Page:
Fog, snow storm, gusts of wind: This is the horror for helicopter pilots. Helmet sight guarantees a safe flight even when bad weather comes from Munich.
When visibility is only for a few hundred meters helicopters may not start, too much is the danger that the pilot realizes too late a construction crane, a power line or a mountain. A stumbling block for rescue missions.
Engineers of the Technical University of Munich want to change that. You develop a data mask, which displays information in the field of vision of the pilot, about the ground or outlines of mountains and houses. You speaking of augmented reality, so extended reality, a kind of mixture of real world and recorded information.
On the helicopter is a so-called light detection and ranging (LIDAR) system installed, which uses Google for autonomous cars. It emits radiation in the micrometer range, sensors catch the waves reflected from obstacles.
A software feeds the data glasses with this information.
In this way, he sees not only what he can see with the naked eye, but also the digital outlines of landscape and obstacles. Flight data such as speed, altitude, location and course can show. The projections fit thanks to a head-tracking system even on the direction of the pilot.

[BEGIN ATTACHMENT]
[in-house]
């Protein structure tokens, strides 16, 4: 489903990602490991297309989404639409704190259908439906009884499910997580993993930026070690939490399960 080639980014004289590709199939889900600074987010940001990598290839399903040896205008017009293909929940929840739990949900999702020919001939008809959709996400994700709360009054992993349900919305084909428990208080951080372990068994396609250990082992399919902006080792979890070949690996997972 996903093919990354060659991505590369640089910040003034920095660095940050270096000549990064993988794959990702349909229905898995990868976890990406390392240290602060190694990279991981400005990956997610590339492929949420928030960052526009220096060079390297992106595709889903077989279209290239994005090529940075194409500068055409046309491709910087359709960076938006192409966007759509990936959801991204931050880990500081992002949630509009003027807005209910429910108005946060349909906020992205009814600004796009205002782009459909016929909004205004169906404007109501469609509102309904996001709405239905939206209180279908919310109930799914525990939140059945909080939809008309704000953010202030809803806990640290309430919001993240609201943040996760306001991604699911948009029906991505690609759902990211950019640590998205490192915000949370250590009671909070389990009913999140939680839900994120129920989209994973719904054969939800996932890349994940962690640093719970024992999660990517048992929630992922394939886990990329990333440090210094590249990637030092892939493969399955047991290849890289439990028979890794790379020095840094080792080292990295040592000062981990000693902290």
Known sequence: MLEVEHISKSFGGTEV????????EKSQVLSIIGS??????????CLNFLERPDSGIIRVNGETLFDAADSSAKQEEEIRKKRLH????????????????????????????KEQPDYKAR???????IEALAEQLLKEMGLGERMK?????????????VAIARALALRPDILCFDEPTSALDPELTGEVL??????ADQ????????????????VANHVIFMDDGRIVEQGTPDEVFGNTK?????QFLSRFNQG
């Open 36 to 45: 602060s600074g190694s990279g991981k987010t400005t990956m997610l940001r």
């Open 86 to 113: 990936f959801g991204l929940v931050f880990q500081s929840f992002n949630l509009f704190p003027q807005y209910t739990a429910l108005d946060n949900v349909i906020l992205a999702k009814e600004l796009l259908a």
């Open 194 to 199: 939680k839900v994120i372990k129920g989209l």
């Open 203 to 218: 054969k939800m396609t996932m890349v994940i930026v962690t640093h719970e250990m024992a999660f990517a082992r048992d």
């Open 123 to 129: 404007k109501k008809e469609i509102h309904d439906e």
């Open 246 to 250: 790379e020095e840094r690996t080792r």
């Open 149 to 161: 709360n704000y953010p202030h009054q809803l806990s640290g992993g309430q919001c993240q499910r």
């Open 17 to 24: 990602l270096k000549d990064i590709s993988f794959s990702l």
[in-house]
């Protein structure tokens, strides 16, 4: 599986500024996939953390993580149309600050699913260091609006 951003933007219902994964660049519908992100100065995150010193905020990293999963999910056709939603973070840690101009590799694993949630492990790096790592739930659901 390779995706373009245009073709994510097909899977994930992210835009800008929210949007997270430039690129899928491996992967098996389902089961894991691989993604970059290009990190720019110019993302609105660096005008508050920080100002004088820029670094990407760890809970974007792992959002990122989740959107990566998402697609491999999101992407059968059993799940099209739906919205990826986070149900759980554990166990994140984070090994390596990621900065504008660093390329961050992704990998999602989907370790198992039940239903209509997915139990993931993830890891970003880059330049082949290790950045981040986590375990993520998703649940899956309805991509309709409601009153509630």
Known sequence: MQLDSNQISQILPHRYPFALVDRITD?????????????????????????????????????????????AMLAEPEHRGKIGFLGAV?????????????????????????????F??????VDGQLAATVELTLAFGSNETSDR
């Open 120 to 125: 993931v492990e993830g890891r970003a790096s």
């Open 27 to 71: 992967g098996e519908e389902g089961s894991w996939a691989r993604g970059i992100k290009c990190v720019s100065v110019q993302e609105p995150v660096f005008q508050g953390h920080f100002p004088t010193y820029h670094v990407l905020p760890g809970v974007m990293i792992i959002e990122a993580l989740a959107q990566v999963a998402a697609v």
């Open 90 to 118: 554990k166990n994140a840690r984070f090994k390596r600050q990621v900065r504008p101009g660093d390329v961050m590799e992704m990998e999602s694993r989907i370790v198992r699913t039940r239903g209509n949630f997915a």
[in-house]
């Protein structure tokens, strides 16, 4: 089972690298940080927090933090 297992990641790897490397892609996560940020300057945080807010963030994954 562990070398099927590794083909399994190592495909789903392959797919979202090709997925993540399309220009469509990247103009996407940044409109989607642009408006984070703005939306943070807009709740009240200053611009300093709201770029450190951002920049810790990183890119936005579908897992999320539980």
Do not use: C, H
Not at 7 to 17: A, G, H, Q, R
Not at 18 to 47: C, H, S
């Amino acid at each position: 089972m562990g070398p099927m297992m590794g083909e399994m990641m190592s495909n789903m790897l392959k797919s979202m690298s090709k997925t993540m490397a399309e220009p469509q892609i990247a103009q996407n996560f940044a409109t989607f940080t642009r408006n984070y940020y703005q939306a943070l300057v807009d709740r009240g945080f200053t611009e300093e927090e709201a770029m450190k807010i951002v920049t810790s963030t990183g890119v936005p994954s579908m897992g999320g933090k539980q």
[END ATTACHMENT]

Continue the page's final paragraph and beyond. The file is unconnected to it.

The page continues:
16 professional pilots have tested the helmet vision
But pilots will actually accept the system? The researchers conducted a study to answer this question. 16 professional helicopter pilots have taken part. You could test the head-mounted display in Simulator flights. The researchers recorded the flights and then interviewed the pilots after stress symptoms.
The result: When visibility the pilots benefited from below 800 m measurable by a terrain and flight data. They flew not only faster and more secure, but felt the stakes also mentally and physically less tiring. Clearly the benefits of low visibility of only 100 m came to bear.
“The new technology can reduce the risk in helicopter operations,” says researcher Franz Viertler. “The main problem is poor visibility through clouds or snow or dust that will be stirred up during takeoff and landing. Against the whiteout or brownout, augmented reality can help.”
Engineers are dependent on support from the industry
To practical application will take yet some time. The next step: Testing in the real helicopter. But scientists need support. “We can not test it with our Simulator” says Vaidya. It was dependent on the support of the industry. She have signaled already keen interest.